Sam is invit­ed to run LARPs or one-shot games at var­i­ous cons from time to time, so I’ll prob­a­bly get my chance to try that soon enough. He wrote a kids’ LARP that he ran at our church a few years back and ran it as part of the chil­dren’s pro­gram­ming track at Drag­on Con in 1999—it was a major suc­cess. That led to being the direc­tor of Kid Con at Drag­on Con 2000, where he of course did anoth­er LARP. He also ran a chil­dren’s LARP as part of fam­i­ly week at the Omega Insti­tute for Holis­tic Stud­ies this past sum­mer.

Sam plays D&D with our kids (as well as what­ev­er oth­er kids end up here) when­ev­er we can make time for it. They played the old Star Wars RPG after we all went to see Phan­tom Men­ace togeth­er (and there’s a lot of excite­ment about the new ver­sion com­ing from TSR), and the girls recent­ly start­ed play­ing the Sailor Moon RPG with a friend of theirs. Katie has been ask­ing when she’ll be old enough to play Mage—parts of the Thresh­old cam­paign were def­i­nite­ly rat­ed PG-13, but I sup­pose Sam could prob­a­bly run a Mage game suit­able for kids.

Gaming As a Parent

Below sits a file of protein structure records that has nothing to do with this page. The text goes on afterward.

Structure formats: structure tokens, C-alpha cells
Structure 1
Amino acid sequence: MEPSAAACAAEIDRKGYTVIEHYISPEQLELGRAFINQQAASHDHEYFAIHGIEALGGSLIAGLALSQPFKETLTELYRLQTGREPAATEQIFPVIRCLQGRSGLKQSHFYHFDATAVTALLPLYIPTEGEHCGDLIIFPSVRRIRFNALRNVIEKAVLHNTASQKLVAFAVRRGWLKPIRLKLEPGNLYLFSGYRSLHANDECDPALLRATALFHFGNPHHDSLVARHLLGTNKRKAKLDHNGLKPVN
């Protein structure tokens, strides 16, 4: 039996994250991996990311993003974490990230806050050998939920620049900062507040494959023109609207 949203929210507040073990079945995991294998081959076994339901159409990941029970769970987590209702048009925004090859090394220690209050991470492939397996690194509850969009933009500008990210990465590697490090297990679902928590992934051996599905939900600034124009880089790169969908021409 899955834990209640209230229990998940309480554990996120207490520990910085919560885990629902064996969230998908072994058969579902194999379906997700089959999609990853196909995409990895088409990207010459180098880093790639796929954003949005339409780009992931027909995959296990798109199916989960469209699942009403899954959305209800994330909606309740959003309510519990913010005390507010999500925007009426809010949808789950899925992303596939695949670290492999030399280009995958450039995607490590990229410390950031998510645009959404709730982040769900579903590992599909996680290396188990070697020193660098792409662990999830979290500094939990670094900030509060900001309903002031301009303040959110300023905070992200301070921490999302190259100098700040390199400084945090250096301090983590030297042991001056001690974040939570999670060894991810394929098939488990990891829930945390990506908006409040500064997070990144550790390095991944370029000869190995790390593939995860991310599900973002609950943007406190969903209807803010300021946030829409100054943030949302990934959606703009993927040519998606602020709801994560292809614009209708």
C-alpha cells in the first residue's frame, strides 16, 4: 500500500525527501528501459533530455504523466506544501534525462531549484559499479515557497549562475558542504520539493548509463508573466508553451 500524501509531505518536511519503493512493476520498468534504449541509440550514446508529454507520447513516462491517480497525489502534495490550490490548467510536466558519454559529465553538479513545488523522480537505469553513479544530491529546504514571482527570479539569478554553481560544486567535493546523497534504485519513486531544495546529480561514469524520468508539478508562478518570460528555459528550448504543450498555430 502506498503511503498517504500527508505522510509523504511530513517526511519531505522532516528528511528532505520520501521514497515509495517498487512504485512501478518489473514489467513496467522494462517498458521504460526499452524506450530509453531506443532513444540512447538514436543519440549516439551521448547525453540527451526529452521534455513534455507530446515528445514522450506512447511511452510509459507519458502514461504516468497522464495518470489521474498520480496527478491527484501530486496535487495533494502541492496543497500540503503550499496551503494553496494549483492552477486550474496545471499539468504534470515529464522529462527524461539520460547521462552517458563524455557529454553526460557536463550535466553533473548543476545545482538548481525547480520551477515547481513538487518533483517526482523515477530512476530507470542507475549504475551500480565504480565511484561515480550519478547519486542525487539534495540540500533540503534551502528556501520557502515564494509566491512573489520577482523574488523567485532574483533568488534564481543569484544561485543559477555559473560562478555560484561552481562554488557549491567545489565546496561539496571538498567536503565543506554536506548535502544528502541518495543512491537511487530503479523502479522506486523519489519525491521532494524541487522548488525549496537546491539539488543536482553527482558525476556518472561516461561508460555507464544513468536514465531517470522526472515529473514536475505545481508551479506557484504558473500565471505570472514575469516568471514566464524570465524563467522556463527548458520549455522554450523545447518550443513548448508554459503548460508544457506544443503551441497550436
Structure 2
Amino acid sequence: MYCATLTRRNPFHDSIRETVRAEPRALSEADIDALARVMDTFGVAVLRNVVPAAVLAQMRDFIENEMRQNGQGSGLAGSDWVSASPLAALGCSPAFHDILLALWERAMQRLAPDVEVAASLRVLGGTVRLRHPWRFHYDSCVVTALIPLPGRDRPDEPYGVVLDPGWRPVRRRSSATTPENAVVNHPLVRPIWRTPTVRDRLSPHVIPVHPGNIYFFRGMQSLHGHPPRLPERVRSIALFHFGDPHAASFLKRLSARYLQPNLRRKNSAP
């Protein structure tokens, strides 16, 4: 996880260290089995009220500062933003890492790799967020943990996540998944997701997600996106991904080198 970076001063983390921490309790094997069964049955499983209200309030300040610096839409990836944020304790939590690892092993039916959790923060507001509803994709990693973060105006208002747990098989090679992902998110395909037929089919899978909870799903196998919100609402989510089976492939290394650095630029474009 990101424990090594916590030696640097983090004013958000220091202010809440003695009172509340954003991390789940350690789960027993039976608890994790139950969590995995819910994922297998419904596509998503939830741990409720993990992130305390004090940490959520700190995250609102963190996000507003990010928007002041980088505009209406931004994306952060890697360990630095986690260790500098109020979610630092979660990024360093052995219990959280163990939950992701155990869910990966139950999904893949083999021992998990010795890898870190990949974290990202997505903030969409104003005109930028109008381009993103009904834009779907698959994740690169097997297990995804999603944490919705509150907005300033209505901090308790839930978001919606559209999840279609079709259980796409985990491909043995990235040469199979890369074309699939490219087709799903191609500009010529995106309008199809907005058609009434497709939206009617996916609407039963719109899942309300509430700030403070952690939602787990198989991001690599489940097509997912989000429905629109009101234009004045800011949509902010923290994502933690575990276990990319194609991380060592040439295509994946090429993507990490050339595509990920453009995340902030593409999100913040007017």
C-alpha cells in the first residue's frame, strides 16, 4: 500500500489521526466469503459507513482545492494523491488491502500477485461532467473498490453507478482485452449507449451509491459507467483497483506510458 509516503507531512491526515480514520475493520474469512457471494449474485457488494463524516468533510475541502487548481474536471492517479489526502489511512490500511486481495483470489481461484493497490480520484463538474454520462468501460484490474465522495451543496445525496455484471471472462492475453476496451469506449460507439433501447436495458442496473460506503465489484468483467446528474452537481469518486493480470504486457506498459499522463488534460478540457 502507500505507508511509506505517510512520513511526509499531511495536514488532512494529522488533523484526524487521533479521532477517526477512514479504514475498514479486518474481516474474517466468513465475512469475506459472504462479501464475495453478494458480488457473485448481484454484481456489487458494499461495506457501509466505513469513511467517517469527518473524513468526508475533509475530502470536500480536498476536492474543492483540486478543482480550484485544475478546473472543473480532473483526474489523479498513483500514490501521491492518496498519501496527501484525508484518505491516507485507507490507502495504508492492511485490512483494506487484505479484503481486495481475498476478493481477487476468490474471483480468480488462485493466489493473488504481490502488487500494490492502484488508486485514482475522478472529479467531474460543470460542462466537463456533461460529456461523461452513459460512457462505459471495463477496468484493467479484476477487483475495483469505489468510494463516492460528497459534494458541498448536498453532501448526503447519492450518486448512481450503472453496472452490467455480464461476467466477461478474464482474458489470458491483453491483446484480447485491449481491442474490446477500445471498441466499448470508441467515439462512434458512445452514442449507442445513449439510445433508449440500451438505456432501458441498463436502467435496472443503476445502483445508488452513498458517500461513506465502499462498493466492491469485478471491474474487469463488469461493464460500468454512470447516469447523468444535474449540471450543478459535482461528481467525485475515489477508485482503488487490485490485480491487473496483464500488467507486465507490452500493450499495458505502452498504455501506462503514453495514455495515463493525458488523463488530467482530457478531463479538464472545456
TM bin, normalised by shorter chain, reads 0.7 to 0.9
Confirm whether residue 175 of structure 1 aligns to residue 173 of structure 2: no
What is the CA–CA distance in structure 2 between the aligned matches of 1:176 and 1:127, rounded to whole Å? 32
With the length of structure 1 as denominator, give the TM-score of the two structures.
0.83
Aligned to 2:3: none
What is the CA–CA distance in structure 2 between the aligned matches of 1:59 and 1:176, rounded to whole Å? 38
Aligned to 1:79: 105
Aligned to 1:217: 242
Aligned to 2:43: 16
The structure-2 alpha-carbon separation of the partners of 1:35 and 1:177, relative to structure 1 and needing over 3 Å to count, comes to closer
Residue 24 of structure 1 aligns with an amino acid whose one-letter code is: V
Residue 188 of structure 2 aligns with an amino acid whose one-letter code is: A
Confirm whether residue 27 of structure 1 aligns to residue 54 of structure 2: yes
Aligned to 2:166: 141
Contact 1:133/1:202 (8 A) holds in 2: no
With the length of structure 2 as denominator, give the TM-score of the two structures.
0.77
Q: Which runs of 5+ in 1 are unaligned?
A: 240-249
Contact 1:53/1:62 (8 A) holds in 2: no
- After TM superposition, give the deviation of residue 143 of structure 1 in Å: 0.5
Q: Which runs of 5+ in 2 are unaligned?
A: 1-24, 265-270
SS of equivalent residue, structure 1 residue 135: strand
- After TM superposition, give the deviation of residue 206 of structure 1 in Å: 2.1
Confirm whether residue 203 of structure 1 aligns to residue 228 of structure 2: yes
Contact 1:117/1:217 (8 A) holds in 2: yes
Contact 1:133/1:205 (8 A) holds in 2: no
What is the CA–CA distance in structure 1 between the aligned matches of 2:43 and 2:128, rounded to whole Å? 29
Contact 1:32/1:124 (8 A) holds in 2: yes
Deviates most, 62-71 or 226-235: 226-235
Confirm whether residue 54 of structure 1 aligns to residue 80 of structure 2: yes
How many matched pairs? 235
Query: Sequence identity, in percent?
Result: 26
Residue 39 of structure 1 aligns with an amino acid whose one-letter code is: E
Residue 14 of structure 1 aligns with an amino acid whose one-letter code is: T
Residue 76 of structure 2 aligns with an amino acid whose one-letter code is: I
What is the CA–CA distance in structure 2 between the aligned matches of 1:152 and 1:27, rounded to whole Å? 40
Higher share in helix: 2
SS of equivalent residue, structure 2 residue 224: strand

Or actu­al­ly, with your kids around. I did­n’t real­ize it was an issue, since I’ve only gamed with kids around, nev­er with­out! It seems some peo­ple think that you can’t game with chil­dren present, or some­thing like that—I’ve encoun­tered sev­er­al peo­ple who said they stopped gam­ing when they had kids. Well, Sam’s kids have been around gam­ing through­out their lives, and Katie’s been around it for the last cou­ple of years, and we haven’t had any prob­lems. We do make sure we game here or at anoth­er house that’s already set up for kids, and we make sure we have things set up to keep the kids busy—videos, Playsta­tion games, what­ev­er (since our kids don’t usu­al­ly get much “screen time” videos and Playsta­tion games are a pret­ty big treat for them). They love gam­ing nights because we have more junk food around than usu­al and don’t real­ly enforce their nor­mal bed­times. They often want to sit in and lis­ten to the game as much as pos­si­ble (they are shooed away for some parts of the game—if any­thing gets real­ly nasty/dangerous for our char­ac­ters, etc.). It was nec­es­sary for me to explain the nature of role­play­ing to Katie in the beginning—otherwise, if my char­ac­ter got upset or hurt, she got upset because she thought I was upset. She under­stands that much bet­ter now that she’s play­ing her­self.